— Recollections of Forty Years in the House, Senate and Cabinet - An Autobiography. • John Sherman

... to curb the size and influence of the Federal establishment and to demand recognition of the distinction between the powers granted to the Federal Government and those reserved to the States or to the people. All of us need to be reminded that the Federal ...
— U.S. Presidential Inaugural Addresses • Various

... nothing but the infinitely small and astonishingly numerous forms of traffic on which the hordes around us thrive. No corner is too cramped for the squatting street cobbler; and as for the pipe cleaners, the cigarette rollers, the venders of sweetmeats and conserves, they gather on the curb or crouch under overhanging windows, and await custom with the philosophical resignation ...
— In the Footprints of the Padres • Charles Warren Stoddard

... each impending ill,— Would guard from ev'ry dang'rous snare. Instruct the reason, curb the will, And lift ...
— Withered Leaves from Memory's Garland • Abigail Stanley Hanna

... been for a month or two less given to passionate outbreaks, having indeed decided that it was to her interest as a young lady and a future great one to curb herself. Her tirewoman, Rebecca, had begun to dare to breathe more freely when she was engaged about her person, and had, in truth, spoken of her pleasanter fortune among her ...
— A Lady of Quality • Frances Hodgson Burnett

... Segismund, Between such swearable realities— Since dreaming, madness, passion, are akin In missing each that salutary rein Of reason, and the guiding will of man: One test, I think, of waking sanity Shall be that conscious power of self-control To curb all passion, but much, most of all, That evil and vindictive, that ill squares With human, and with holy canon less, Which bids us pardon ev'n our enemies, And much more those who, out of no ill-will, Mistakenly have taken up the rod Which Heaven, they think, ...
— Library of the World's Best Literature, Ancient and Modern, Vol. 7 • Various

... disturb his sleep. We can now understand that it is really more expedient and economical to give full sway to the unconscious wish, and clear its way to regression so that it may form a dream, and then restrict and adjust this dream by means of a small expenditure of foreconscious labor, than to curb the unconscious throughout the entire period of sleep. We should, indeed, expect that the dream, even if it was not originally an expedient process, would have acquired some function in the play of forces of the psychic life. We now see what this function is. The dream ...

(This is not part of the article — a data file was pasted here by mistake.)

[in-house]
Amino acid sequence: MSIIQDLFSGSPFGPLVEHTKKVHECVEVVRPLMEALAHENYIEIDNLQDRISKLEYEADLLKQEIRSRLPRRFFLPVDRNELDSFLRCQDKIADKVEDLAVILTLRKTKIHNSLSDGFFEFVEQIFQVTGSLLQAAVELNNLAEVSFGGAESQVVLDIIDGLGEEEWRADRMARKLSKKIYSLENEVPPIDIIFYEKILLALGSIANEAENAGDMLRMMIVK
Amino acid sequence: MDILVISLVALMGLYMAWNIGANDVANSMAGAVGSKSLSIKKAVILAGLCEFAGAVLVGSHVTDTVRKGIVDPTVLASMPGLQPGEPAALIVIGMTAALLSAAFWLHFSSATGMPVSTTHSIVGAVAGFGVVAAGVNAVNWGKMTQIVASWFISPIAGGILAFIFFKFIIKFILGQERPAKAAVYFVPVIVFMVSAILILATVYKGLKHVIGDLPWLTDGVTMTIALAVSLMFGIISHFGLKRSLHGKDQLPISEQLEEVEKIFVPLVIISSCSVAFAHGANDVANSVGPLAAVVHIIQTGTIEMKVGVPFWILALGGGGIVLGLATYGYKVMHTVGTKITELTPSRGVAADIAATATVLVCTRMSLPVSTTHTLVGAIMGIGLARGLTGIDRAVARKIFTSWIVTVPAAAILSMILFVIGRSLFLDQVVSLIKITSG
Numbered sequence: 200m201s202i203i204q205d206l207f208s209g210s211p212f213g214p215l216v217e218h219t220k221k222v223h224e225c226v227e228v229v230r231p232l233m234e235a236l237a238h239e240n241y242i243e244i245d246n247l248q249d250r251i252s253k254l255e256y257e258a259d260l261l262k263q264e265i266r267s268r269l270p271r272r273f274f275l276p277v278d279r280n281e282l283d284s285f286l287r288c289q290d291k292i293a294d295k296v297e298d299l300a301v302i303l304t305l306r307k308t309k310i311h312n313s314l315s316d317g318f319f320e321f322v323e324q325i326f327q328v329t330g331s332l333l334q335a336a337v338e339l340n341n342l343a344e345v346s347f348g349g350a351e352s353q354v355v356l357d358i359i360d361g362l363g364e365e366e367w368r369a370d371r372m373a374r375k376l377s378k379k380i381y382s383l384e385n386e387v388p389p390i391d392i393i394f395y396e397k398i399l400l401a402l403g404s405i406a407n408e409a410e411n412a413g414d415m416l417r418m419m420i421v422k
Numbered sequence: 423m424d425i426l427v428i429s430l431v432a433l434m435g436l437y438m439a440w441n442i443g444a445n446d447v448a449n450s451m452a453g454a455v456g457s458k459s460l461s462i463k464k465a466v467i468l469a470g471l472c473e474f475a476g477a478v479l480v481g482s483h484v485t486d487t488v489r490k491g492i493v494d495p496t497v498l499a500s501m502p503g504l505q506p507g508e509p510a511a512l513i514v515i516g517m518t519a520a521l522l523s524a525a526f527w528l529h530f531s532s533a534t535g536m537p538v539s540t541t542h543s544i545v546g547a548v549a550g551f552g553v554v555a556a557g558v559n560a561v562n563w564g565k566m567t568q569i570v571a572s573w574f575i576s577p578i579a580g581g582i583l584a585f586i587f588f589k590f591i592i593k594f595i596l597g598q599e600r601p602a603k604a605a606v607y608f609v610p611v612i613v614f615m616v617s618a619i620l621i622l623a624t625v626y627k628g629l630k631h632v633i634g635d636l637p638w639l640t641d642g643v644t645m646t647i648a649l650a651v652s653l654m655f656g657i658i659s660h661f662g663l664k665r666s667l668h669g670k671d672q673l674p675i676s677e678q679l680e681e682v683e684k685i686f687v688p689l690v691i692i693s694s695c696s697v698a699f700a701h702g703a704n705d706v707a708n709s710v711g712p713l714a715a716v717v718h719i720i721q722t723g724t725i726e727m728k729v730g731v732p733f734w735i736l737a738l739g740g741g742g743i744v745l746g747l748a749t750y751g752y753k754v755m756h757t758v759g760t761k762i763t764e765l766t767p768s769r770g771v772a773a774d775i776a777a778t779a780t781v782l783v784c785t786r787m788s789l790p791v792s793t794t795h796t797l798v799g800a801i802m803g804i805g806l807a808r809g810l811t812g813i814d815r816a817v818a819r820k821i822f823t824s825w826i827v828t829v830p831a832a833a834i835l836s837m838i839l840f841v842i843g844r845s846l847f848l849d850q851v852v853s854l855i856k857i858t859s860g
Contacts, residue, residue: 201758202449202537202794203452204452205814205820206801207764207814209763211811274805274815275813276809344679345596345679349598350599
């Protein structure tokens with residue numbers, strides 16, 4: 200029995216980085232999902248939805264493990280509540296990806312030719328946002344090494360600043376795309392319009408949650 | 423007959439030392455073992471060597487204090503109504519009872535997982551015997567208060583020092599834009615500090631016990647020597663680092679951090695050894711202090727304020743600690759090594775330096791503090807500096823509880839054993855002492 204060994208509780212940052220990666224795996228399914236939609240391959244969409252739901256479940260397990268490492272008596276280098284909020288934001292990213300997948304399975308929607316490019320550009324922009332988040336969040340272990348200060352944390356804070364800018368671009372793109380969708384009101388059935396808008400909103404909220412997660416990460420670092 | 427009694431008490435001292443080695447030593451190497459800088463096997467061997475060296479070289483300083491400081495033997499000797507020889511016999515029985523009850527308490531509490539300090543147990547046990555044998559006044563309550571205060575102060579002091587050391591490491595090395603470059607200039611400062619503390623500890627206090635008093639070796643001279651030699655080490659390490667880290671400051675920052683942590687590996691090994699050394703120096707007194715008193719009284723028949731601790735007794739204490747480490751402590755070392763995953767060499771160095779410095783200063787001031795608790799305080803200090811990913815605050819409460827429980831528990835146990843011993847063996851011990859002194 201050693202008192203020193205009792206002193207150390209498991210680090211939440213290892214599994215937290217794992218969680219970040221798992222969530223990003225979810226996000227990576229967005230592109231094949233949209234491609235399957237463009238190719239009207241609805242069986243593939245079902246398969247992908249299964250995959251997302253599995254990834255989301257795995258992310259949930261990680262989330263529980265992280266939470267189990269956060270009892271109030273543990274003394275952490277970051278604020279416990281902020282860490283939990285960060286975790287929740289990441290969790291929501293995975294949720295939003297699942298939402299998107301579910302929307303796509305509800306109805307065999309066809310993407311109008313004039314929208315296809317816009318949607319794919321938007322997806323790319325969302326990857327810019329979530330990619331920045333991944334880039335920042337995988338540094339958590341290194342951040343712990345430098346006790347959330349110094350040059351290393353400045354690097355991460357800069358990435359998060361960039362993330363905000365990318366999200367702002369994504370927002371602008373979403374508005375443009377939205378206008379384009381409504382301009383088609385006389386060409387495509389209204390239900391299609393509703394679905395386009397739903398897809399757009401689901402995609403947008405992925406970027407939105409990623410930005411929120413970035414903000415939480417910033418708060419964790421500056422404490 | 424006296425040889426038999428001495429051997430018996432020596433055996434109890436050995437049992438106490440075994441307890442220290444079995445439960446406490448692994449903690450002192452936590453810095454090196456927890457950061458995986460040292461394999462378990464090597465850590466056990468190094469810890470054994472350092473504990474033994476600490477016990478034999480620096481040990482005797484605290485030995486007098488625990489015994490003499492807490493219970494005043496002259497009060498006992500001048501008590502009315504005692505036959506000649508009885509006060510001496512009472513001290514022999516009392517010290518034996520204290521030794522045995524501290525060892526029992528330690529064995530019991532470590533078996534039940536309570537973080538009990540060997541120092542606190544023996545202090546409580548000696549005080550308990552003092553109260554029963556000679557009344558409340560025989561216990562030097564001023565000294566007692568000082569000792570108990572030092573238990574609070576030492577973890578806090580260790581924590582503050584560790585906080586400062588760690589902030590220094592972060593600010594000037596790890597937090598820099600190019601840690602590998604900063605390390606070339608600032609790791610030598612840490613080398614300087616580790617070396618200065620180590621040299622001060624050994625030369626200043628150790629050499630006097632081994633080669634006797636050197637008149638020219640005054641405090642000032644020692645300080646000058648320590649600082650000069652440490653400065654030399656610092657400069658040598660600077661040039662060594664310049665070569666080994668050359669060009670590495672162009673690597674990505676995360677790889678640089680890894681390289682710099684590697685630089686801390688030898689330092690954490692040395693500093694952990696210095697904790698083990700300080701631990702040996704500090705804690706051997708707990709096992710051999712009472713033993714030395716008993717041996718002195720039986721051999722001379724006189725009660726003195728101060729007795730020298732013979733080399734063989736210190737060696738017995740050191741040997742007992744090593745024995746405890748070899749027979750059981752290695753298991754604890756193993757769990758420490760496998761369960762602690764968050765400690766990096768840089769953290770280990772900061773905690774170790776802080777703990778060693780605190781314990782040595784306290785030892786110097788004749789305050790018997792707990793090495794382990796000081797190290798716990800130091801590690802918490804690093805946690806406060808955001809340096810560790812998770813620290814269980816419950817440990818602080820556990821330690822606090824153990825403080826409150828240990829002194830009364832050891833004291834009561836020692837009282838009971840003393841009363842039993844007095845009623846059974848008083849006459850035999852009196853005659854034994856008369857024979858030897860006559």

— Dream Psychology - Psychoanalysis for Beginners • Sigmund Freud

... pleasant just now to have things arranged for you. Maggie had only one wish—that Grace would not take so long to explain everything. Maggie always ran ahead of her long before she had finished her involved sentences and then had to curb her impatience. However one would get used to Grace; one would have to because she was going to live with them after they were married. Maggie had hoped that it would be otherwise, but it was at once obvious that neither Paul nor Grace dreamt ...
— The Captives • Hugh Walpole

... and takes up her abode in that city on November 28th, accompanied by a large group of disciples, her "Famiglia," who live together, subsisting on alms. From this time Catherine devotes her whole powers to the cause of Urban. She is his trusted adviser, and seeks earnestly to curb his impatient temper on the one hand, and to keep the sovereigns of Europe faithful to him on the other. She writes on his behalf to the Kings of France and Hungary, to Queen Giovanna of Naples, to the magistrates of Italian cities, to the Italian cardinals who have joined the Schism, ...